Bridge: This is the location from which the yacht is steered, navigated and where the speed is controlled. It’s also a great place to find the Captain.
Cast off: To leave go.
Capstan: A large vertical winch used to wind in anchors or tighten lines.
Cleat: a fitting where lines are made fast. (Tied off).
Cockpit: An opening in the deck from where the yacht is handled. (sail yacht).
Deck Fittings: Those shiny items used to work and secure lines. Items include cleats, pad eyes and bits.
Dead ahead: Directly in front.
EPRIB – Emergency Position Indication Radio Beacon – Make sure you know where this is fitted because this will save your life in an emergency.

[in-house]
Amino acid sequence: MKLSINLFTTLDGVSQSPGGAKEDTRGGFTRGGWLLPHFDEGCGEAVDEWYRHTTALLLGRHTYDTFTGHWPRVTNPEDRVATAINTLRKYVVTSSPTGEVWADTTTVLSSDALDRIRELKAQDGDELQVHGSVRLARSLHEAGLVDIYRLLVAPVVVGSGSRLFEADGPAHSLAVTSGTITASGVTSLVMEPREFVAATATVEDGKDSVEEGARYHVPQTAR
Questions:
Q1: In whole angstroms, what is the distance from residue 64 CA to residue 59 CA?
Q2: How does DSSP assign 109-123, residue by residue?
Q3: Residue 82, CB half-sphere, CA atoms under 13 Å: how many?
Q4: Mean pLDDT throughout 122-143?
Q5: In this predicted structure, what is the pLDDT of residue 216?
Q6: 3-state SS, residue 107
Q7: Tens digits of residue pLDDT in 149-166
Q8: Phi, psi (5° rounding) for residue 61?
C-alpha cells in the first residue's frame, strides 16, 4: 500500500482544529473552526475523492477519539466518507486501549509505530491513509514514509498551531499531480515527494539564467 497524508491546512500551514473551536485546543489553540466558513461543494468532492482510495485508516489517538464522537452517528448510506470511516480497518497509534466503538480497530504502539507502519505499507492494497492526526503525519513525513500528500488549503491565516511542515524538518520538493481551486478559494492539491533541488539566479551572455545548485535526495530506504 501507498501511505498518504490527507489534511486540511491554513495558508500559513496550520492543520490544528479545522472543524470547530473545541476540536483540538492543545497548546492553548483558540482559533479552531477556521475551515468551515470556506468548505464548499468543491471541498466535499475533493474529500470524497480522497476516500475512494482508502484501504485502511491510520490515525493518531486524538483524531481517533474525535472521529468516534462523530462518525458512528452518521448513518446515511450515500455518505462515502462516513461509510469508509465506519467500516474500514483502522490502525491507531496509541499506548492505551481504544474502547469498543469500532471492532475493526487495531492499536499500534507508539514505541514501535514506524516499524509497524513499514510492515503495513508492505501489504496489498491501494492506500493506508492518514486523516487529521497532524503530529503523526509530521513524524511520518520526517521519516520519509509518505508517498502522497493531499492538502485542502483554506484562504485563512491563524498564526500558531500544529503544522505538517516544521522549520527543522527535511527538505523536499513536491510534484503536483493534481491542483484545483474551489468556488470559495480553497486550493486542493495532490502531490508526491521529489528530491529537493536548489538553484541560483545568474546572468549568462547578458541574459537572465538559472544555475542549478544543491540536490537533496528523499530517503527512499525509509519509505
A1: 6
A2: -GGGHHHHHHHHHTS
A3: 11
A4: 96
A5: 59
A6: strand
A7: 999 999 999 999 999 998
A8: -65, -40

Fairlead: round opening used to put a line through to prevent it rubbing.
Fire Extinguishers: You covered this in your fire fighting course for STCW95. Here are the basics again:
Foam extinguishers – Class A & B – For use on solids and liquids on fire, found regularly in the interior.
Powder extinguishers – Class A,B & C – Not usually found on-board because of collateral damage these do.
CO2 extinguishers – Class B – Found in the galley and near electrical Do not use on people as it creates frost-burns
First mate : (chief officer) second in command
Fender: An air-filled bumper used to keep boats from banging into docks or each other.
Gear: Ropes, blocks, tackle… a general term for deck equipment.
Gangway: Where people board and disembark the vessel… (Get on and off).
Hull: Is the main construction of the vessel.
Keel: The centre line of the vessel, (the backbone).
Knot: The rate which you measure the speed.
1 knot = 1 nautical mile = 1.15 miles = 1.852 km